The details of loans availed and subsequently repaid by a person are maintained in the form of a record that can be reviewed by any legitimate business entity. This record, better known as personal credit history, includes: lines of credit available to an individual, history of payments including details of late payments, bankruptcy filings if any, number and types of credit accounts, and the length of time during which the accounts have been operational. Information regarding recent credit inquiries are also documented in this report. In the US, the credit bureaus Experian, TransUnion, and Equifax collect the relevant information pertaining to a person's credit history.
Relation Between Credit Score and Credit History
Credit scores are a measure of the expected credit risk or the risk that the borrowers would default on their loan payments. For individuals, they are calculated by the aforementioned credit bureaus using the person's credit history. Credit bureaus assign the following weights to factors while calculating: 35% to previous credit performance, 30% to current indebtedness, 15% to the use of time credit, 15% to the types of credit available, and 5% to new credit. It's evident that personal credit history is the most important factor influencing credit scores. These scores are calculated using a standard formula developed by the Fair Isaac Corporation in the year 1958. Hence, credit scores are also known as the FICO scores. They range between 300 and 850, and are a measure of the credit worthiness of the borrower. A high credit score, especially one above 700, is considered optimal. Since each of the bureaus calculates a credit score, a person has 3 credit scores at any given point in time.
How to Obtain a Credit Report
A detailed report of a person's credit history is prepared by the 3 bureaus. In addition to these, there are other companies or consumer reporting agencies (CRAs) that gather and maintain information regarding people's credit activities. The credit bureaus operate nationwide, while the other smaller CRAs serve local markets. A credit report contains: personal information such as name, address, phone number, social security number and employment history; the person's credit history; accounts information, and information on how to settle disputes regarding the details contained in the credit report.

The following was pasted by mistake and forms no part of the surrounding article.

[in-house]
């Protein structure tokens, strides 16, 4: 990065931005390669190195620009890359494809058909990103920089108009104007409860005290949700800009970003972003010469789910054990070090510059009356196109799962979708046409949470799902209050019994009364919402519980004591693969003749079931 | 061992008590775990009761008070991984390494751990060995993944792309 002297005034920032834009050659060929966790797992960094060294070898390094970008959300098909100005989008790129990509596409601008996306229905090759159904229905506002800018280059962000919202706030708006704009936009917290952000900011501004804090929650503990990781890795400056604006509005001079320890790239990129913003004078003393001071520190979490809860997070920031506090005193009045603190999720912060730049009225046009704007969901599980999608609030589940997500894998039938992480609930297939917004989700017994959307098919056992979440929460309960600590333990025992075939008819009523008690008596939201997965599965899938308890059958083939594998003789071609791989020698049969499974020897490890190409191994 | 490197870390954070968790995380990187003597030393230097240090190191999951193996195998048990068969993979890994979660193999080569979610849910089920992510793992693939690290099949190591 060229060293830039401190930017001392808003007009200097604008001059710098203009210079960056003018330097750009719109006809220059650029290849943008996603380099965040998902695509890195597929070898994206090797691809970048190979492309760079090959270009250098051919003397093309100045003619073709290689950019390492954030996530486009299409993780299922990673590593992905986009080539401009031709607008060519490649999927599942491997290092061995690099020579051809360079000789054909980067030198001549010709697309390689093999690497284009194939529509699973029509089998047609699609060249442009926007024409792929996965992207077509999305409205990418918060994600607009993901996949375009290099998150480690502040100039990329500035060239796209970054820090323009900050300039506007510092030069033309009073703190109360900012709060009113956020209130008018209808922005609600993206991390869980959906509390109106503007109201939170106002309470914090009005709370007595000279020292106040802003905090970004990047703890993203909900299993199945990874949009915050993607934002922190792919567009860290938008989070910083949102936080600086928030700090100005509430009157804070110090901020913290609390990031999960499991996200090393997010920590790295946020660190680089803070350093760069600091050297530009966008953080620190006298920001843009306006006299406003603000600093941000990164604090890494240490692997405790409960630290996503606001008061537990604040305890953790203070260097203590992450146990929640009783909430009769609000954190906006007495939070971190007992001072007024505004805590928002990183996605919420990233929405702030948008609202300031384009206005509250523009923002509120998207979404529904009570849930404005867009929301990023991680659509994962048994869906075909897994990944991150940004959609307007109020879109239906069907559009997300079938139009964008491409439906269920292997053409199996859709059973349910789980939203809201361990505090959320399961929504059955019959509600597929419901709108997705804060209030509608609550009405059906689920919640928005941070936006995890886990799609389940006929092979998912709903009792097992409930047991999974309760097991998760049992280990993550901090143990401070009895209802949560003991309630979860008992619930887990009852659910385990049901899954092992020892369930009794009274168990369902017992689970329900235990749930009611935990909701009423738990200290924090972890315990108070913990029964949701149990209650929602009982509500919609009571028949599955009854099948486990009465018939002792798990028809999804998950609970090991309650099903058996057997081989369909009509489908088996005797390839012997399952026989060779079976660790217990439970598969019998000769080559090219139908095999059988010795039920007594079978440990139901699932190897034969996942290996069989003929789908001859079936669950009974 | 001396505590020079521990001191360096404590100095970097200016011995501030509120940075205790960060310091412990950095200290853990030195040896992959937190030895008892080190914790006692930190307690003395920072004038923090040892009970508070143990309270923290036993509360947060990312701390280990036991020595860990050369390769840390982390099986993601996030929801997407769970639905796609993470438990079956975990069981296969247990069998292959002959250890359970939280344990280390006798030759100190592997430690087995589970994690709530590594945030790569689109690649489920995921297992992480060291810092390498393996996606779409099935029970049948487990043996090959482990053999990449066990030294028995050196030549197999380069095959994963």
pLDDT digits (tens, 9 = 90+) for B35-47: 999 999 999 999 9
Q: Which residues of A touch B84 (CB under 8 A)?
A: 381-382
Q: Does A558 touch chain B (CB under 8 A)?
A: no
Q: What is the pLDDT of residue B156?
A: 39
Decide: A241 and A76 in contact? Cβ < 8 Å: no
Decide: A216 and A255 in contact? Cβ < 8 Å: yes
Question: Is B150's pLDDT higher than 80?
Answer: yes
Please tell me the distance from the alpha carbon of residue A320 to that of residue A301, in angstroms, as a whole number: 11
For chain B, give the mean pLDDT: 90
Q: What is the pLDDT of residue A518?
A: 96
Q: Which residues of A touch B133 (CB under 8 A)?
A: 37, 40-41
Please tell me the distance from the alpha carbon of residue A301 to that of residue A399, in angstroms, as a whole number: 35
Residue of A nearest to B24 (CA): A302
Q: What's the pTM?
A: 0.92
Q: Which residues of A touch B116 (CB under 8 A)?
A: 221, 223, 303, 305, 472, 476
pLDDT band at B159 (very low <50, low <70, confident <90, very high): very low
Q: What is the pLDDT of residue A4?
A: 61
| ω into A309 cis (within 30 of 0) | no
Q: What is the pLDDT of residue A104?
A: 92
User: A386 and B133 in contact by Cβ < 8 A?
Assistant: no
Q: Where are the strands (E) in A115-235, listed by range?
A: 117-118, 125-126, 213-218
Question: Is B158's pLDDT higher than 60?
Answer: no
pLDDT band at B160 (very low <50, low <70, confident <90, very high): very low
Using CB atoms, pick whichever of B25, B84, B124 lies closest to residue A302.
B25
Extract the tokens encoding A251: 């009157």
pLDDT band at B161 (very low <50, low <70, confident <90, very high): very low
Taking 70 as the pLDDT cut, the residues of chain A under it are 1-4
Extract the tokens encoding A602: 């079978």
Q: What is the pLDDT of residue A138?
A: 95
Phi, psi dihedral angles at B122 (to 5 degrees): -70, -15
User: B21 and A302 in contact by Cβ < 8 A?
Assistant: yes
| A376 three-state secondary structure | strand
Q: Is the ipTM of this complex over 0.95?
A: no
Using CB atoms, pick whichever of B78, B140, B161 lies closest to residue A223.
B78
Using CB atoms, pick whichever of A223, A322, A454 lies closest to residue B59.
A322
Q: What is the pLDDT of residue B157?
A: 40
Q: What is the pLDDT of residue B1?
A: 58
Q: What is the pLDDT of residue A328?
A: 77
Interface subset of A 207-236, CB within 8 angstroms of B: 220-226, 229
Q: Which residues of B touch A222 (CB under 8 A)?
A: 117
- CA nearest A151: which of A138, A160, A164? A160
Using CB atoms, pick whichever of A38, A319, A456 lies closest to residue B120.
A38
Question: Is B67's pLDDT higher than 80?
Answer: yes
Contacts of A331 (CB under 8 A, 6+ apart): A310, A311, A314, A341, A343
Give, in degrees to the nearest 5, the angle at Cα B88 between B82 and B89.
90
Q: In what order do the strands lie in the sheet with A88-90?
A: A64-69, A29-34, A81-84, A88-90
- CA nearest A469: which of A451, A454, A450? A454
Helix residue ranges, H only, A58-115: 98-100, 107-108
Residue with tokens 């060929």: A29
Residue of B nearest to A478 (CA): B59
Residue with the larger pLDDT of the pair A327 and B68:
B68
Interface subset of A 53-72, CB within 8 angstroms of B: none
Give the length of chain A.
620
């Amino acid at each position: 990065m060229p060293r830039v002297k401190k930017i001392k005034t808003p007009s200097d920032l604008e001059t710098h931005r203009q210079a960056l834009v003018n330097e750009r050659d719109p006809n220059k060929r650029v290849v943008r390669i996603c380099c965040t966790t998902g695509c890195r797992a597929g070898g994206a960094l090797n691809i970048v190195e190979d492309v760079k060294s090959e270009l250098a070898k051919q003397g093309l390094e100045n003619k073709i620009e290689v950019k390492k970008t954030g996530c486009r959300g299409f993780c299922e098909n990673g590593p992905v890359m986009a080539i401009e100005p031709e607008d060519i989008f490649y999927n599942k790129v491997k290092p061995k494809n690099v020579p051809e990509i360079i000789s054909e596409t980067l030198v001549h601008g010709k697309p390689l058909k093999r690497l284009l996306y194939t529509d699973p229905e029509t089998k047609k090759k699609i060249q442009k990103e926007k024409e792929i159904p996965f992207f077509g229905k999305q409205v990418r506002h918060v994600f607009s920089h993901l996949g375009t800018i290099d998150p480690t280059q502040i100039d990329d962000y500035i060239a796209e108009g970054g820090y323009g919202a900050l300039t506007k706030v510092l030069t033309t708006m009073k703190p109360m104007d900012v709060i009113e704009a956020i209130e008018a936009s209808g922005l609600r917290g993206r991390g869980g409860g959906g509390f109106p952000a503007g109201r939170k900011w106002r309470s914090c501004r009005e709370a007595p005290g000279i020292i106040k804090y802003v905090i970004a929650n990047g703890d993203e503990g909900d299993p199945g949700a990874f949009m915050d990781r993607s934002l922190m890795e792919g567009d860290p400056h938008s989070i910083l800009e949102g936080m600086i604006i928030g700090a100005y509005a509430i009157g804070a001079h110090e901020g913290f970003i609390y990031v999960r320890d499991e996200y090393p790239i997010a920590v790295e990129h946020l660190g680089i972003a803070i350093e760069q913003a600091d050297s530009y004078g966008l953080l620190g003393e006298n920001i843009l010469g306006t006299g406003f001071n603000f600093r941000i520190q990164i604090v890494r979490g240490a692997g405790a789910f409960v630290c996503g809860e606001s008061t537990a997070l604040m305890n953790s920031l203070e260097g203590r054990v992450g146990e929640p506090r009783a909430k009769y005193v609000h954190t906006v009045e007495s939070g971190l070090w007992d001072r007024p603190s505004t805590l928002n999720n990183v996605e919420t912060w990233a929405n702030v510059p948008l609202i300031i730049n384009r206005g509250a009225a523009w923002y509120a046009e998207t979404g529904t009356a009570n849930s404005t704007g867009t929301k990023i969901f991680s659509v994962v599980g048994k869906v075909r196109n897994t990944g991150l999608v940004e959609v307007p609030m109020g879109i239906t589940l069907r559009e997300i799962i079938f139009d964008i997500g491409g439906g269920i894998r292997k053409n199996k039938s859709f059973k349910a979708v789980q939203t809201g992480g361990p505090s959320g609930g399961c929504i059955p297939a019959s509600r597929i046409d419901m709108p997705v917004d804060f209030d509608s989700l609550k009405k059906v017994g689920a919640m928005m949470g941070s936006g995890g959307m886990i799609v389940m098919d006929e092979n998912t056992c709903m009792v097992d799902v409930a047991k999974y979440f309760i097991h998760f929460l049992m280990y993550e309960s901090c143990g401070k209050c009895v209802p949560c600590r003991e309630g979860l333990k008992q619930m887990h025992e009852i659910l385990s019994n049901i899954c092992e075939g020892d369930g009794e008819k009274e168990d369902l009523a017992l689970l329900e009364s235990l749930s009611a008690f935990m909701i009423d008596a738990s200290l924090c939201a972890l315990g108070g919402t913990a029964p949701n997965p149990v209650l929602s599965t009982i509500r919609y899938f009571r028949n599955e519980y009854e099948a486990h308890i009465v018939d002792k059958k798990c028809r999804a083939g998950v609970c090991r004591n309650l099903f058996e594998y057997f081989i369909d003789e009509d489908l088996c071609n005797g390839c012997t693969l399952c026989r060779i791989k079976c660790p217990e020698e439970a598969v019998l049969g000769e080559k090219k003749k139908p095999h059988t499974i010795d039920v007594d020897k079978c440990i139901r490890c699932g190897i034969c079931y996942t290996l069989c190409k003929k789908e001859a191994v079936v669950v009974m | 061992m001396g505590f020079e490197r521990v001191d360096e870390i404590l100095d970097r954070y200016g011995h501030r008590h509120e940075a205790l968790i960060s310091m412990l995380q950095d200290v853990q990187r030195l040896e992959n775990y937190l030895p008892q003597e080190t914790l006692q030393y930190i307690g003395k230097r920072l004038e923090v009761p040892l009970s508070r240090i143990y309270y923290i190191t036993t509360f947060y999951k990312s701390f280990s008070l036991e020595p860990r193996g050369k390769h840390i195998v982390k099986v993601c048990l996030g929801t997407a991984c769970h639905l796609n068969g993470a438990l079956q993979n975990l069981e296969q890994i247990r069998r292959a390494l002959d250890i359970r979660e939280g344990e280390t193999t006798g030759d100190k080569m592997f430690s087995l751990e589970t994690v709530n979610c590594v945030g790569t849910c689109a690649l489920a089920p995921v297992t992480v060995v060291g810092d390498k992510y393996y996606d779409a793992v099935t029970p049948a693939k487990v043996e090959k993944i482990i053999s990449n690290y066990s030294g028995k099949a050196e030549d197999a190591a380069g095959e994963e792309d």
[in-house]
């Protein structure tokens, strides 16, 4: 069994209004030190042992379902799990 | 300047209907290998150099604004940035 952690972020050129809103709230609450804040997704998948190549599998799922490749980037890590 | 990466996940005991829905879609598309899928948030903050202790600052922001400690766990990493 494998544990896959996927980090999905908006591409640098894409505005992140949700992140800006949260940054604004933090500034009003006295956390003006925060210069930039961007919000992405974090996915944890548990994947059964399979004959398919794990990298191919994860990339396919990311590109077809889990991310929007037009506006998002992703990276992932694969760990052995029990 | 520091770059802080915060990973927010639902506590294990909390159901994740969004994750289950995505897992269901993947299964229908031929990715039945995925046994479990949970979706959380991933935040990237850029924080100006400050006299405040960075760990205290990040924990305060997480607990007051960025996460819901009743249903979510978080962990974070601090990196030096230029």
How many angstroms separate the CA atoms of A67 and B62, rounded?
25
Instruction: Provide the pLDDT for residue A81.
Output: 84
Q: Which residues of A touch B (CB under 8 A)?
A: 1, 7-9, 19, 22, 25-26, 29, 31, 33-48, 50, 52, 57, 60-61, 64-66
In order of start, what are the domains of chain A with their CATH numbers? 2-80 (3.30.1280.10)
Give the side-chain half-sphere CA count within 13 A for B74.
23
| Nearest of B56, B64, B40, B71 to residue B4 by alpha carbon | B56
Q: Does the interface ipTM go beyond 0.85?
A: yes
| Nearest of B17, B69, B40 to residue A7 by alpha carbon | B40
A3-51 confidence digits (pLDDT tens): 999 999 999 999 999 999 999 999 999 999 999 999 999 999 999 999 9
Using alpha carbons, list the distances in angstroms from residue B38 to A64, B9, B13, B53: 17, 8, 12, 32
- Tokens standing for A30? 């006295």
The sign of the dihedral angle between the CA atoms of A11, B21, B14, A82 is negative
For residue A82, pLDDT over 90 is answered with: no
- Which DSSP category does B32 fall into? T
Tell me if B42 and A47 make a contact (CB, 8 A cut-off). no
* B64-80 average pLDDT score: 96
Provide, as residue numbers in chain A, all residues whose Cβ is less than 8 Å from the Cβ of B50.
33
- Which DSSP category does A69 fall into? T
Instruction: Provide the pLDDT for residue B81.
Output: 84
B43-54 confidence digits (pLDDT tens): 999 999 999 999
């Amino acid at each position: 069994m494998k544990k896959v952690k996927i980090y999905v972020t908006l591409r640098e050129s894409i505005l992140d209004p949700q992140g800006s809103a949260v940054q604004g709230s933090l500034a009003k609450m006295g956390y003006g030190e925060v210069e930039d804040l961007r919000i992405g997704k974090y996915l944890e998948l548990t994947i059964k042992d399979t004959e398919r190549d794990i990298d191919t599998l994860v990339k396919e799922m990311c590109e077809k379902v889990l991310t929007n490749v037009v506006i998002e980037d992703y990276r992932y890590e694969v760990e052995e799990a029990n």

Consumers: According to the Fair Credit Reporting Act (FCRA), people are entitled to receive one free credit report annually from each of the nationwide consumer credit reporting agencies or credit bureaus. People can contact them directly and ask for a copy of their credit report. In addition to this free copy, people can buy credit reports from the bureaus and other reporting agencies as and when required.
Others: Bureaus sell credit reports to the following entities: loan providers, prospective and current employers, insurance companies that are going to insure the person or renew an existing policy, government agencies that review the financial status of individuals, landlords and other legitimate business entities requiring the information. In case of court orders or federal jury subpoenas, they are expected to furnish the requisite information.
Importance of Credit Report
As mentioned earlier, many business entities make use of the information contained in the credit reports. Decisions like whether to grant a loan or a line of credit or to issue a new credit card are taken by the lenders on the basis of the information contained in the report. Lenders can decide not to grant a loan if they feel that the credit report is unfavorable. If a consumer has been denied a loan on the basis of the information contained in the credit report, he/she has the right to challenge the information contained in it.
People who do not have a credit history or have a bad credit history, will find it difficult to procure a loan. Hence, they should focus on building a good credit history, since a poor one acts as a deterrent to availing timely and affordable credit.